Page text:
Aquatint

While printmakers have always wanted to present some shading or grayscale in their work, until the discovery of aquatint in the 17th century, doing so was technically very challenging.  And with a few notable exceptions, such as in the etchings of Francisco Goya, aquatint, this most painterly of intaglio techniques, remained unpracticed by most printmakers.  Aquatint started to gain popularity in the latter part of the 19th century, likely as etching was being rediscovered by Impressionists.  These artists were often eager to replicate in their prints the atmospheric qualities found in their paintings.  Aquatint, with its granular texture, lends itself to effects that offer an endless range of shading, both in black and white and in color.  Enjoy this collection of aquatints.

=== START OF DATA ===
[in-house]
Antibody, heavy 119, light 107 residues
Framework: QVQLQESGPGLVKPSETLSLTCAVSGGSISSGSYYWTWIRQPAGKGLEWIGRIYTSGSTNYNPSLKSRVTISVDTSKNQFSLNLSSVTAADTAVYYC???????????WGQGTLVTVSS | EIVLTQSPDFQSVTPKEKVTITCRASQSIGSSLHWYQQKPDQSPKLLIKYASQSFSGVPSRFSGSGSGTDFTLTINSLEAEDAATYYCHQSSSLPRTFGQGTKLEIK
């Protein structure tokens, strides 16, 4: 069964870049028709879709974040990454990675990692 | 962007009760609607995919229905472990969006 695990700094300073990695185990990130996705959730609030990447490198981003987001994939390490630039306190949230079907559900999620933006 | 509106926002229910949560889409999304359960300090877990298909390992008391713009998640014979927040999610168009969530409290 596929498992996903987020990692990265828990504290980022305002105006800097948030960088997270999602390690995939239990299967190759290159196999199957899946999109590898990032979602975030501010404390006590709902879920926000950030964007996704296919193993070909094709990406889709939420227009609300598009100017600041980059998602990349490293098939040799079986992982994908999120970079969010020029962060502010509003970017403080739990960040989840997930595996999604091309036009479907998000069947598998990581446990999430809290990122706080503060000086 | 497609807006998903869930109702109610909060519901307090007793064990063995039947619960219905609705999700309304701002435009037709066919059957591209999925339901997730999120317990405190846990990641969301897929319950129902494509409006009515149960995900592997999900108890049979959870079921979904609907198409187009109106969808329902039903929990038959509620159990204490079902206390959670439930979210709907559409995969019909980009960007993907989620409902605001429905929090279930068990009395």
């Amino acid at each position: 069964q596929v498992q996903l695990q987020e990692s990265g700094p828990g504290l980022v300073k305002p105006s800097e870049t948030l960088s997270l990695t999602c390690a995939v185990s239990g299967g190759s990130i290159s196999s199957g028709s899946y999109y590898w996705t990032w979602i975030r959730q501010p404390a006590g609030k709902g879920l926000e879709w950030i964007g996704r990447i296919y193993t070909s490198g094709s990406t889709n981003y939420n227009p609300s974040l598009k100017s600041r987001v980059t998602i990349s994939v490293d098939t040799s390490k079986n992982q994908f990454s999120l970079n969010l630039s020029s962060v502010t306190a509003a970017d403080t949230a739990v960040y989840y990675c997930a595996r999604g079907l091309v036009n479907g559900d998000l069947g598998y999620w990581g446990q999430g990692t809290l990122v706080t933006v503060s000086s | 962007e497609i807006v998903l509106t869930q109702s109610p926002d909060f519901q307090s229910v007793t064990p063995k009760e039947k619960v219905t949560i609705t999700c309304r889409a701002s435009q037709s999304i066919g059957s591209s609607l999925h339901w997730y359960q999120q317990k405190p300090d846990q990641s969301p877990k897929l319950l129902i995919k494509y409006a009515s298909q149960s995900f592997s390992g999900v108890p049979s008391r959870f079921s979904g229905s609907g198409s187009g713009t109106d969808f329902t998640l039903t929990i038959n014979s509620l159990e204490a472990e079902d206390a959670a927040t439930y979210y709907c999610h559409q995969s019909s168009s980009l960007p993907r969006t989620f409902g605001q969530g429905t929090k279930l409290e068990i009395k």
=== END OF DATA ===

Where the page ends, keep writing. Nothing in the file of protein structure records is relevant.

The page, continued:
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John Wilson: Head Study Sold

WILSON, John

Head Study

Etching, 2002.

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MORE IMPRESSIONS ARE STILL AVAILABLE. CONTACT US. This etching, aquatint and drypoint with chine collé was done as a 'warm up' print prior to the a...

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